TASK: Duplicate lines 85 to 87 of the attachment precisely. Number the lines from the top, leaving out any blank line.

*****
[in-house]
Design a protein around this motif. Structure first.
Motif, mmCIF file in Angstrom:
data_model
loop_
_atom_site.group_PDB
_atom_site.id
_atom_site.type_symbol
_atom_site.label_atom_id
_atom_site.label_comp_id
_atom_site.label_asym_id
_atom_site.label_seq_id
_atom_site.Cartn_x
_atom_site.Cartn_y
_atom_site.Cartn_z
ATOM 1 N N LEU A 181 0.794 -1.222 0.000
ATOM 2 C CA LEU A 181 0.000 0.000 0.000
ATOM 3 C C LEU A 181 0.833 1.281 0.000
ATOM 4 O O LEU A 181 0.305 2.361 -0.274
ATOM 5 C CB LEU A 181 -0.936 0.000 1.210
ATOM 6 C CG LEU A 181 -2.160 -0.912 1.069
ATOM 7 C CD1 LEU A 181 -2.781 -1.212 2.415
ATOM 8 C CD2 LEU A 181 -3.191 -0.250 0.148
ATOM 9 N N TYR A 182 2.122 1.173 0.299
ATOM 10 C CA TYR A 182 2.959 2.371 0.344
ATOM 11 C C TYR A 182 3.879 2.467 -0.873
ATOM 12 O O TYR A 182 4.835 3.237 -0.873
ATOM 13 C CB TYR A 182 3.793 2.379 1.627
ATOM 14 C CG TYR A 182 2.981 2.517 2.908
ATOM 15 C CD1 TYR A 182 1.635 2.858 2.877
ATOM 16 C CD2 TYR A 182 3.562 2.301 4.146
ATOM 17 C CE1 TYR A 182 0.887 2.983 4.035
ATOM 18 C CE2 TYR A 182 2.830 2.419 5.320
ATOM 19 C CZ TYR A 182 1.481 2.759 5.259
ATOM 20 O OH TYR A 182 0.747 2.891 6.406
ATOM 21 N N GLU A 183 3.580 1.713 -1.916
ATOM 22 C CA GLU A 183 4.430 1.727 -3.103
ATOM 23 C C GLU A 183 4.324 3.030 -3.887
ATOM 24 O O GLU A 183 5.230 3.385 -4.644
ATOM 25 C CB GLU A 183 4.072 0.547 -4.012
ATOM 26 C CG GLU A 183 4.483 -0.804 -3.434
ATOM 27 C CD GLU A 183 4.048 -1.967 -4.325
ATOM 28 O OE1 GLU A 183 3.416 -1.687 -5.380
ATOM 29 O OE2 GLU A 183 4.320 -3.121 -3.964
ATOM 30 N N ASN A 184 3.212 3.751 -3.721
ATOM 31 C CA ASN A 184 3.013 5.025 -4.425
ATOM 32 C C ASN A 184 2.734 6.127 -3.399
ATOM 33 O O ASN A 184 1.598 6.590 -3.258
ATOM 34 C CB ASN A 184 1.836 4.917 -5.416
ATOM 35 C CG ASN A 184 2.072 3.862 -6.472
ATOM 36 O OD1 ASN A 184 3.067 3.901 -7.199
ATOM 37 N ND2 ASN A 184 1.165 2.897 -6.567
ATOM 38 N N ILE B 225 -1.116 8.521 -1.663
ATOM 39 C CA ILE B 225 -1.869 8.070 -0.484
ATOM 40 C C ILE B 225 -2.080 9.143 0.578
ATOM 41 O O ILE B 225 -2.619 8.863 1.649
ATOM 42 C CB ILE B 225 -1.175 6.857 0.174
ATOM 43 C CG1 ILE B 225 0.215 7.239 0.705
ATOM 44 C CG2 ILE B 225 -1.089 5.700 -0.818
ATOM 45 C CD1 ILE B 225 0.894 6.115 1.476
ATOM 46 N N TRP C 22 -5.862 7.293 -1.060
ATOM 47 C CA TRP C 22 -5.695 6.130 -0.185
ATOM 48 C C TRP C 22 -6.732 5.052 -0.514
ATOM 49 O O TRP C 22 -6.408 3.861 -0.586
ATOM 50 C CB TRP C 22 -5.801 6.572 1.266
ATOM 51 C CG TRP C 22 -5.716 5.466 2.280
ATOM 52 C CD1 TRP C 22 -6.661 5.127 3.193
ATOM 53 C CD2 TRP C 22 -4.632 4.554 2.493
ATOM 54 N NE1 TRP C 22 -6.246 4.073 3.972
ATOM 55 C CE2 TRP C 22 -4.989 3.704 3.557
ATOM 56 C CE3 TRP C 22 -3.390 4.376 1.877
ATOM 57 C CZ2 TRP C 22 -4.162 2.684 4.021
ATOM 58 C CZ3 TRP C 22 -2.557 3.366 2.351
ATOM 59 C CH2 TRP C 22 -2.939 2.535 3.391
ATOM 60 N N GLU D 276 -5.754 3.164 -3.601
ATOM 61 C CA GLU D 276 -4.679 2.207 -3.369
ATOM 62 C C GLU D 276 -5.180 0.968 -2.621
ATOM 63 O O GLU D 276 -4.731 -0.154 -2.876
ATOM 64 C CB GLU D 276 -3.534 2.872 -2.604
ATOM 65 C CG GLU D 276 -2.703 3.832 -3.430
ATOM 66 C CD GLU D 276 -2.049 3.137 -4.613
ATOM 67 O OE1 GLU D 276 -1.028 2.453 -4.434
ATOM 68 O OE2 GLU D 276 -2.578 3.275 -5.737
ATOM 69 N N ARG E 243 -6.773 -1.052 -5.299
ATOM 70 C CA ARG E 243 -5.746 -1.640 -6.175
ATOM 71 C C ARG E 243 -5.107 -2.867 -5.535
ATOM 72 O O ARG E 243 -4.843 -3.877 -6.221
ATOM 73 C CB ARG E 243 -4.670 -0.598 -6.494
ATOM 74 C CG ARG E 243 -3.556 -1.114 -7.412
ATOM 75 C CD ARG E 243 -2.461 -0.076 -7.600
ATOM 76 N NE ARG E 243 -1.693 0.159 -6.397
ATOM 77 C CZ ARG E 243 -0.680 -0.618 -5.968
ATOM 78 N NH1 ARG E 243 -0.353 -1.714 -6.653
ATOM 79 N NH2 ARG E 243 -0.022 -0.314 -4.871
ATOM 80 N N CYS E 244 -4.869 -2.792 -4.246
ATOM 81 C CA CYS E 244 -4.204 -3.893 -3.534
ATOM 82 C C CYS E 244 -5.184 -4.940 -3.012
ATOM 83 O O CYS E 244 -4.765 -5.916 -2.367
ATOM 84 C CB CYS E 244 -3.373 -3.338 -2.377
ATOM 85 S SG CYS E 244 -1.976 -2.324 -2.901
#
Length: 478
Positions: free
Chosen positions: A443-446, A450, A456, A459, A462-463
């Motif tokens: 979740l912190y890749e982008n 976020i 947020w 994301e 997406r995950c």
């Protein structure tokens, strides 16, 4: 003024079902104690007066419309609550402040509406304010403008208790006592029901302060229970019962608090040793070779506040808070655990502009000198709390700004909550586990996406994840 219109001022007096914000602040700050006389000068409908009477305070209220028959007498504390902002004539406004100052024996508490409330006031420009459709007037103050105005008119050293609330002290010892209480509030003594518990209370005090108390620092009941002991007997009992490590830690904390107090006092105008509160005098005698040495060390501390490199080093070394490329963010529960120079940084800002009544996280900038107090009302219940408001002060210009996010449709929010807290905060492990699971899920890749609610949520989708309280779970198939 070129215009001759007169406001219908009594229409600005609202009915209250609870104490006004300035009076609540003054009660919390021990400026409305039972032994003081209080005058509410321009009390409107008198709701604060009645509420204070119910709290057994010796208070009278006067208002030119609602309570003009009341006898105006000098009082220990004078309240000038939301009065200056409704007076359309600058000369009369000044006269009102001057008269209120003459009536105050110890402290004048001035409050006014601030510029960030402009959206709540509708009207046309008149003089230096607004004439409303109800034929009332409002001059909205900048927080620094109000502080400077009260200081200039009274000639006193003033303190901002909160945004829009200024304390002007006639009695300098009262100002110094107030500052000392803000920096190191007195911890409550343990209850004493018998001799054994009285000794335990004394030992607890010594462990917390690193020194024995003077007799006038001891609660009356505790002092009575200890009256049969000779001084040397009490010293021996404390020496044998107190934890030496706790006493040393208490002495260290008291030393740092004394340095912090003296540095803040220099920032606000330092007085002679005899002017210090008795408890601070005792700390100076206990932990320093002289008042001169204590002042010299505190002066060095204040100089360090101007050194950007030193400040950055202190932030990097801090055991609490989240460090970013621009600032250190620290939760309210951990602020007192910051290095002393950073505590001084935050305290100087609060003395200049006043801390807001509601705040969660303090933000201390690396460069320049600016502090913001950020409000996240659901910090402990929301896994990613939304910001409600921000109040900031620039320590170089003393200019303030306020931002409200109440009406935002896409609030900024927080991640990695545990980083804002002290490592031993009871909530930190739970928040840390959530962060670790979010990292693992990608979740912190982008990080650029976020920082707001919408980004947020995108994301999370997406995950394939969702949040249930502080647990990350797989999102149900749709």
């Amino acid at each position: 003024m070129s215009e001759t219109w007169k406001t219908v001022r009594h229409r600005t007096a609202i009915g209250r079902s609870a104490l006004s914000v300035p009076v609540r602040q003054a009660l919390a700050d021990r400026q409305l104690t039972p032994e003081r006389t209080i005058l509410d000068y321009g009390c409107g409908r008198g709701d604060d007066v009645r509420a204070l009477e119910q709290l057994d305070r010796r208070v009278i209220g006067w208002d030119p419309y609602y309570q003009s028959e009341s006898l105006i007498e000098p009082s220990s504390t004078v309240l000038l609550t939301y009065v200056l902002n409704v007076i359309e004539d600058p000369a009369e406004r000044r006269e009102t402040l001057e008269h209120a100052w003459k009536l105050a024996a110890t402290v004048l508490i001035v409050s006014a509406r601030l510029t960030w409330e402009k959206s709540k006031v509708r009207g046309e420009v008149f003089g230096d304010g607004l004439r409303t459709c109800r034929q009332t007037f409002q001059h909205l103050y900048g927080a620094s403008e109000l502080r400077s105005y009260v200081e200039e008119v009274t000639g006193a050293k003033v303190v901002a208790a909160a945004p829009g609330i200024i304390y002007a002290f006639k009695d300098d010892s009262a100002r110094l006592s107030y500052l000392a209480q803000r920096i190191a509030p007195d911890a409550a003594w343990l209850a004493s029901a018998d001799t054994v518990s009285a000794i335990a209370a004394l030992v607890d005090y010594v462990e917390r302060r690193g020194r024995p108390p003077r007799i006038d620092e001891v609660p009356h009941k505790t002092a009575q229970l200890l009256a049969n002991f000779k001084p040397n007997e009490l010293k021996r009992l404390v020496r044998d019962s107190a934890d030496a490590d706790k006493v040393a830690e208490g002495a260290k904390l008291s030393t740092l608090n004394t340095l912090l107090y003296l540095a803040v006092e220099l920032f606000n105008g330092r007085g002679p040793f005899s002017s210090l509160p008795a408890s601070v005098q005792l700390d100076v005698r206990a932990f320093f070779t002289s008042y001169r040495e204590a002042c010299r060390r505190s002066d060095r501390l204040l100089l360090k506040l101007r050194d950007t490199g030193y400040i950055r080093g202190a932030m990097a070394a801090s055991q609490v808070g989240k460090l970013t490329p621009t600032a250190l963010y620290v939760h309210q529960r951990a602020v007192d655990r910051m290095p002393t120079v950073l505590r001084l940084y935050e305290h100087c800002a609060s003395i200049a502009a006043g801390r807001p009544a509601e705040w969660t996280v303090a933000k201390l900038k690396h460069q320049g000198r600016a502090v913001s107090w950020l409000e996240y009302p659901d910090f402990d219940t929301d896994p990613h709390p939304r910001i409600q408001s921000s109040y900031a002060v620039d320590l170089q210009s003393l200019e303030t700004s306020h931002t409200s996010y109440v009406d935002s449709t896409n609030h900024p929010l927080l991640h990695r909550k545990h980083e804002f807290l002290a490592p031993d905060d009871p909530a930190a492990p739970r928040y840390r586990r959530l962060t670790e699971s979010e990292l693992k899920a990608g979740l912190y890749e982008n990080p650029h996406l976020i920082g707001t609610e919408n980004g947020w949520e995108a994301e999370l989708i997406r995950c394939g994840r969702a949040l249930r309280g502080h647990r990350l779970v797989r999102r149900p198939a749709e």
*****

ATOM 70 C CA ARG E 243 -5.746 -1.640 -6.175
ATOM 71 C C ARG E 243 -5.107 -2.867 -5.535
ATOM 72 O O ARG E 243 -4.843 -3.877 -6.221